There are some interesting opportunities for transforming the way that value is exchanged between manufacturers and customers that can lead to increased sustainability. For example, the traditional automotive manufacturing business model is for customers to buy the car and also pay for the fuel that the car uses. As a result, there is no direct incentive for automotive manufacturers to build the most fuel-efficient car possible.
An alternative business model involving the car manufacturer retaining ownership of the car and leasing out the car with fuel included in the monthly charge provides a strong incentive for the manufacturer to make a more fuel-efficient car. As a result of this alternative value exchange, the car manufacturer would become more profitable the less fuel their customer uses.
Our researchers are collaborating with various companies who are experimenting with their business model, and I believe we will see most companies change their business models considerably over the next 20 – 30 years so that they improve their value exchange opportunities and deliver more value economically, environmentally and socially.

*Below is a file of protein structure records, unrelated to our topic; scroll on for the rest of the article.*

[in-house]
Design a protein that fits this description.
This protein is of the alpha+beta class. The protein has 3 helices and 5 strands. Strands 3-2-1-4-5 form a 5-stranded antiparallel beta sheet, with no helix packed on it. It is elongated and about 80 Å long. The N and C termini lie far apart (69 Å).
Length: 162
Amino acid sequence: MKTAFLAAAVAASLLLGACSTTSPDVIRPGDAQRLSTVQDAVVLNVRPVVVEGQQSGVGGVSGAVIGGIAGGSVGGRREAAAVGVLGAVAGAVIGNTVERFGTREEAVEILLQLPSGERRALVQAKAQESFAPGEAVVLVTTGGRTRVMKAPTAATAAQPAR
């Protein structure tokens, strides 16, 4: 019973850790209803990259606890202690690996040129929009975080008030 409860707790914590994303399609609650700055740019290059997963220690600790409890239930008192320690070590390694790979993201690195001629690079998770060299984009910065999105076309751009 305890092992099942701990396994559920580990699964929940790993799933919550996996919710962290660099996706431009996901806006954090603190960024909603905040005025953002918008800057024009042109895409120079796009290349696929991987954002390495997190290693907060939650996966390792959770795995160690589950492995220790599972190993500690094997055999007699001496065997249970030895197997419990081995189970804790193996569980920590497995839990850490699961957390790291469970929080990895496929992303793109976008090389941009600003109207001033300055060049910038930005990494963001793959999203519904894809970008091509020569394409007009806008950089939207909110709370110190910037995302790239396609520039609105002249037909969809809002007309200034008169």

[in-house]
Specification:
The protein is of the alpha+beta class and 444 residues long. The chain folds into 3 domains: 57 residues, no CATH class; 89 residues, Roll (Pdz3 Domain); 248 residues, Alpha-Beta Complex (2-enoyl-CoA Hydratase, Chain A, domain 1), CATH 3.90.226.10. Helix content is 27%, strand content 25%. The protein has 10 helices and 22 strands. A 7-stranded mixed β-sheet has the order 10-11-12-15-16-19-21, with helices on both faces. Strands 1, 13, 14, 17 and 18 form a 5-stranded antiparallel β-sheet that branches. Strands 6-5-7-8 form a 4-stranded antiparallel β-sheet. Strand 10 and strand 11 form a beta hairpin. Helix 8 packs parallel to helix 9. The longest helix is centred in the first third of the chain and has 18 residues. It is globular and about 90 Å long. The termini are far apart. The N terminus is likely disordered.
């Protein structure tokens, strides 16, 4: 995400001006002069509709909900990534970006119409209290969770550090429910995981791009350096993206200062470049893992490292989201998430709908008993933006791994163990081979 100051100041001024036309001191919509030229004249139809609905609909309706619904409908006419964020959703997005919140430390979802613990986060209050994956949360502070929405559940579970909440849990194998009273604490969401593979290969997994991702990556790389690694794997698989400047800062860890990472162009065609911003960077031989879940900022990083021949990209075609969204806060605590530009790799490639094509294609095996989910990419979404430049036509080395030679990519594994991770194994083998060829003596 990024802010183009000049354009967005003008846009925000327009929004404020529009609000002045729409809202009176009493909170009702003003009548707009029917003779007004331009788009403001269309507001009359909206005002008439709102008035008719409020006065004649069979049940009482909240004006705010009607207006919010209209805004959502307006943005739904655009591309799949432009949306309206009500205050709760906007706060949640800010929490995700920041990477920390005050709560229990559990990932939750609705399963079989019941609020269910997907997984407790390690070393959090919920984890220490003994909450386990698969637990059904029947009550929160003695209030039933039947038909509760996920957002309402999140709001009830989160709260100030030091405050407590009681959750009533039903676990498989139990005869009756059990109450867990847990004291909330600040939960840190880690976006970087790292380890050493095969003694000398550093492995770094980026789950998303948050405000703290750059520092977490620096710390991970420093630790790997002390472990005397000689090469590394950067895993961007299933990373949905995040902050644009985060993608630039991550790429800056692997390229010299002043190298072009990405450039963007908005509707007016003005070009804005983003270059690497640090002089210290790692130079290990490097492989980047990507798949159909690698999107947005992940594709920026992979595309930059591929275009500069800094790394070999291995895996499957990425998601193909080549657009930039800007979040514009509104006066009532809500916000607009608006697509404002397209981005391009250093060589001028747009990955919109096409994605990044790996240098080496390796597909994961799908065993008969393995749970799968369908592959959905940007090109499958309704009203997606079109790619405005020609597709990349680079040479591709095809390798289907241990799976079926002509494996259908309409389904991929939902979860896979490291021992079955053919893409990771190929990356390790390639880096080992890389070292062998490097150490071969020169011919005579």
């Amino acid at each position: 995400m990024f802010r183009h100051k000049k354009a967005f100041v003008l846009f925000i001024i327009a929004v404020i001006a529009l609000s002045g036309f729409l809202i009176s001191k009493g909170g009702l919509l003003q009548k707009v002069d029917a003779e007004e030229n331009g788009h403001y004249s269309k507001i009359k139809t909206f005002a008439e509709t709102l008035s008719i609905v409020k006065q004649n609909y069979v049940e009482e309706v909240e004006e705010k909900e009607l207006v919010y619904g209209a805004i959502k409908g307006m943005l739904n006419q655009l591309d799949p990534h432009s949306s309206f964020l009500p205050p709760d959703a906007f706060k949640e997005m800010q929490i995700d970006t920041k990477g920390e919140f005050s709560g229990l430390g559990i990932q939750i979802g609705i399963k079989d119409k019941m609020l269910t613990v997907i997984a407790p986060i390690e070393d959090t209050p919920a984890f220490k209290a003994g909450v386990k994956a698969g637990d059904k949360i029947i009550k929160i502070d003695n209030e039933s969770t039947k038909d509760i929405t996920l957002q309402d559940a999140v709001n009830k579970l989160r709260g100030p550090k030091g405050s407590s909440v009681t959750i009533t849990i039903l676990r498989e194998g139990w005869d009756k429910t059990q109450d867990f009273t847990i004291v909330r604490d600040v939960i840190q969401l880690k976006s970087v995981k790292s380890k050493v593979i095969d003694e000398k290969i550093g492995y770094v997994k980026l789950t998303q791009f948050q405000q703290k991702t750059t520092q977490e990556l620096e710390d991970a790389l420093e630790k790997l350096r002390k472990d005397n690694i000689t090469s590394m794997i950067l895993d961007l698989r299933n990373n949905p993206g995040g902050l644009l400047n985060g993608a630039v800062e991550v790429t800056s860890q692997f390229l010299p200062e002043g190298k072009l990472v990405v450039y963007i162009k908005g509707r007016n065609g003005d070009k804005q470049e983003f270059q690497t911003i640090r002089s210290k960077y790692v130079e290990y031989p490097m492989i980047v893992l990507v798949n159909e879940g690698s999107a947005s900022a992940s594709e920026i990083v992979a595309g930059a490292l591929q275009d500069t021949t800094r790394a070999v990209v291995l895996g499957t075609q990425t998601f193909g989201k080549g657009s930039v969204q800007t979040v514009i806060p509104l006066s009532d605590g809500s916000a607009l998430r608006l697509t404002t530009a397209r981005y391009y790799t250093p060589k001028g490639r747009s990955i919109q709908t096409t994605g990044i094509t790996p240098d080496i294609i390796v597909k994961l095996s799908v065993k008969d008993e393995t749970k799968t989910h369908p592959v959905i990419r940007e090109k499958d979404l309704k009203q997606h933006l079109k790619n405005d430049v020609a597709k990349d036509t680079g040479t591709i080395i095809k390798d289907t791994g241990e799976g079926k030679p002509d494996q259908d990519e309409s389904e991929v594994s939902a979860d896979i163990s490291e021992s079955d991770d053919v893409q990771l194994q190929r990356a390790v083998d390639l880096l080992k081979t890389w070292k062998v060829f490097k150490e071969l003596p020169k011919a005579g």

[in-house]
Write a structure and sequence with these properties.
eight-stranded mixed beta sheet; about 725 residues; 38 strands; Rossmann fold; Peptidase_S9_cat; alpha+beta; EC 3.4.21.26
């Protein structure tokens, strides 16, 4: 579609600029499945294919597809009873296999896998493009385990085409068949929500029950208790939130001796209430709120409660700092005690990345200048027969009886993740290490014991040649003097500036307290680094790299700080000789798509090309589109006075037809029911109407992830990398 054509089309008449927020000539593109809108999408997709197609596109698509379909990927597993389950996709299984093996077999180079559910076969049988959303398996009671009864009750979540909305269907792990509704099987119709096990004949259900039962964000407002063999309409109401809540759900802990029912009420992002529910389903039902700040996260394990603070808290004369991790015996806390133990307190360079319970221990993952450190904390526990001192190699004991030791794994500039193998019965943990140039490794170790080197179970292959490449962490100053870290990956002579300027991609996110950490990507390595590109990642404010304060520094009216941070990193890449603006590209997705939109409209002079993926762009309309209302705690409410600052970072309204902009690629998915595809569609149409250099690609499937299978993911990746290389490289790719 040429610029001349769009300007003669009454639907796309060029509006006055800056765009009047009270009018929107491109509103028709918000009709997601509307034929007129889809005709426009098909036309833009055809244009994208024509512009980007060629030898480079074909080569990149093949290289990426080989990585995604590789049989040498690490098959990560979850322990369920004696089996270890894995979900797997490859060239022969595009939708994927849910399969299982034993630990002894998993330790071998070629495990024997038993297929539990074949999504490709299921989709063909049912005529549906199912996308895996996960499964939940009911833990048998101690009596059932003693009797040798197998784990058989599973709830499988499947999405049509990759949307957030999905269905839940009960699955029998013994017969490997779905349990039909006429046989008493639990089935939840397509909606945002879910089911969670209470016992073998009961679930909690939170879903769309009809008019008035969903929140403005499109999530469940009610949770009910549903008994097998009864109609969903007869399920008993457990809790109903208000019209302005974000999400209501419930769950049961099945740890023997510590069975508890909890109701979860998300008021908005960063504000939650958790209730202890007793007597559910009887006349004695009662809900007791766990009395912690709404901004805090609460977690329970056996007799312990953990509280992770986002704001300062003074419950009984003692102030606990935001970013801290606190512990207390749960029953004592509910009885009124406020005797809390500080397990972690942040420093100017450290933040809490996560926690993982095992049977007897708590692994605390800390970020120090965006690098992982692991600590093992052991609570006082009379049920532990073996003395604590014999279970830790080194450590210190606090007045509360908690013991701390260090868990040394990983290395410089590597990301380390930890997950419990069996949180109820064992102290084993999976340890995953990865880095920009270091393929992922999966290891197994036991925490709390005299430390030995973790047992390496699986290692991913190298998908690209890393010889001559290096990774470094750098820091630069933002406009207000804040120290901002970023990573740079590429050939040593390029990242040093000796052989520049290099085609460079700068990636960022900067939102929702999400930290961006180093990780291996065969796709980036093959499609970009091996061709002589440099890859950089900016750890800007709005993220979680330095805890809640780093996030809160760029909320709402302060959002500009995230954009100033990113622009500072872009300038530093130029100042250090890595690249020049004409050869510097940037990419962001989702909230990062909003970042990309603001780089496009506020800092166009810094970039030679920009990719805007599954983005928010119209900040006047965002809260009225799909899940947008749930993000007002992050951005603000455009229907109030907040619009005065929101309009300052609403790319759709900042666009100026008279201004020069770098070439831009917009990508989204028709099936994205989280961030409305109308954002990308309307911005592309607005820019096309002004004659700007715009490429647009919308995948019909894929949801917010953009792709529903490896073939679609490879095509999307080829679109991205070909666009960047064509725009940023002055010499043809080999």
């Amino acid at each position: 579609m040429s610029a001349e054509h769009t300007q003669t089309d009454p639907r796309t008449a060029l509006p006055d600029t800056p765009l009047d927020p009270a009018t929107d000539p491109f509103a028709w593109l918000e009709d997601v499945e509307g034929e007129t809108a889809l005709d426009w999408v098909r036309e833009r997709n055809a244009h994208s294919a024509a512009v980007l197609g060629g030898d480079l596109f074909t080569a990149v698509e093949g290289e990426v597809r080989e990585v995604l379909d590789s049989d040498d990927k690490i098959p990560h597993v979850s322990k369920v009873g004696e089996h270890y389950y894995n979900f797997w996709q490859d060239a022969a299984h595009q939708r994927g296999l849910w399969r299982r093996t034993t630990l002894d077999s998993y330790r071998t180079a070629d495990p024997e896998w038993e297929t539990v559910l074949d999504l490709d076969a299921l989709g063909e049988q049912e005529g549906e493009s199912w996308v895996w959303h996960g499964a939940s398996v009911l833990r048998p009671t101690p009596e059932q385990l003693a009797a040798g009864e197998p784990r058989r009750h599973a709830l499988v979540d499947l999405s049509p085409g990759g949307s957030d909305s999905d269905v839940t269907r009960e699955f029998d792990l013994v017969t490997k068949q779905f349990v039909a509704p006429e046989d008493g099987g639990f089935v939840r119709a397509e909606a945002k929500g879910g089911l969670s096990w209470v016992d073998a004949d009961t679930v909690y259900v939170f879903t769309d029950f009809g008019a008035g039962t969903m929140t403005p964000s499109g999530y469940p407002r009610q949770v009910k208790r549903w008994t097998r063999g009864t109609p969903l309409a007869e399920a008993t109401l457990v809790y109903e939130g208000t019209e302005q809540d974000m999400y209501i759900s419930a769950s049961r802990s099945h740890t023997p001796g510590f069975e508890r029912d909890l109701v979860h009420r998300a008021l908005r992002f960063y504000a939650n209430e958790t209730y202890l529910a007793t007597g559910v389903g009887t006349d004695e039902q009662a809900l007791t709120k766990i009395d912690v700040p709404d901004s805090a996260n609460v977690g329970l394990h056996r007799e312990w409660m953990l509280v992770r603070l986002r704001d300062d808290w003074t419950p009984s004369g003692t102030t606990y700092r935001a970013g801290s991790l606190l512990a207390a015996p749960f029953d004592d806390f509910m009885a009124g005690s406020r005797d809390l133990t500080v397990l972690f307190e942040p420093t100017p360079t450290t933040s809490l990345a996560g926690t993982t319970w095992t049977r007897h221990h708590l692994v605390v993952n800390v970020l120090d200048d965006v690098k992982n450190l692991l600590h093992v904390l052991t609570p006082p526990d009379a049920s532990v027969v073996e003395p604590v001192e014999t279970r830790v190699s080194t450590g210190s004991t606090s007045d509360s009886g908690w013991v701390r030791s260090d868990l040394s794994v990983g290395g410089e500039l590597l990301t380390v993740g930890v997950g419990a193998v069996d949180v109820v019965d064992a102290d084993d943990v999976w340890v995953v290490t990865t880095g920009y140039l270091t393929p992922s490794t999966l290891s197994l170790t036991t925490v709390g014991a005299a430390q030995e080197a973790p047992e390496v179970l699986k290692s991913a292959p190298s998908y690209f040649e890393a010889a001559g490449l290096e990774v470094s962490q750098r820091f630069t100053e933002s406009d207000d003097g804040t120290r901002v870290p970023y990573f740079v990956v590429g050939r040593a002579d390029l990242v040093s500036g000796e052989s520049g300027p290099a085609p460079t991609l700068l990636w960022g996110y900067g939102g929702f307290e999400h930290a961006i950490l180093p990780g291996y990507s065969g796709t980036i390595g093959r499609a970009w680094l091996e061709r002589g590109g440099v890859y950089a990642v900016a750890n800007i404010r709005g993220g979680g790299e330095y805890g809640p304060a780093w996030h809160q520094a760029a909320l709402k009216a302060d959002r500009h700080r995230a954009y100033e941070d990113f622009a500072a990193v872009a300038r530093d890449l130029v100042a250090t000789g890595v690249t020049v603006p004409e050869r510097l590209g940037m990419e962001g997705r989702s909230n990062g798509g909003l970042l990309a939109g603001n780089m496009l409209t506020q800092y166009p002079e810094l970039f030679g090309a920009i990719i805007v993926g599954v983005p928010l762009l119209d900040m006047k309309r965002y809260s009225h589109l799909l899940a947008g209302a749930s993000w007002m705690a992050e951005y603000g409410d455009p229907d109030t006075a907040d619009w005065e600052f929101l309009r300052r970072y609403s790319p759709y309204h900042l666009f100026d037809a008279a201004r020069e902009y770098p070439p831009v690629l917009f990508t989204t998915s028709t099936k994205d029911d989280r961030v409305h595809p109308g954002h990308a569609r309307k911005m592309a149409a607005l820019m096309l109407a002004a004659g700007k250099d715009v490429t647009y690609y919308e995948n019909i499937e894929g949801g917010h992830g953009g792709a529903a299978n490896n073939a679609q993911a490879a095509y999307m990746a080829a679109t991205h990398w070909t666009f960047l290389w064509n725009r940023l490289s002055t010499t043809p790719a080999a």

Professor Steve Evans is director of the IfM’s Centre for Industrial Sustainability. His research focuses on how industry can implement environmental and social sustainability approaches into its design and manufacturing practices, with a duel emphasis on urgent and practical change now and system-level change for a sustainable future.
He spent 12 years working in industry, including, engineering systems manager at Martin-Baker Engineering, the world-leading manufacturer of ejection seats; specialist adviser to the House of Lords on Waste Reduction; chair of the Manufacturing Policy Panel of the Institution of Engineering and Technology; co-chair of the Manufacturing Commission; and a co-founder of three clean-tech start-ups.
Contact Professor Evans: email@example.com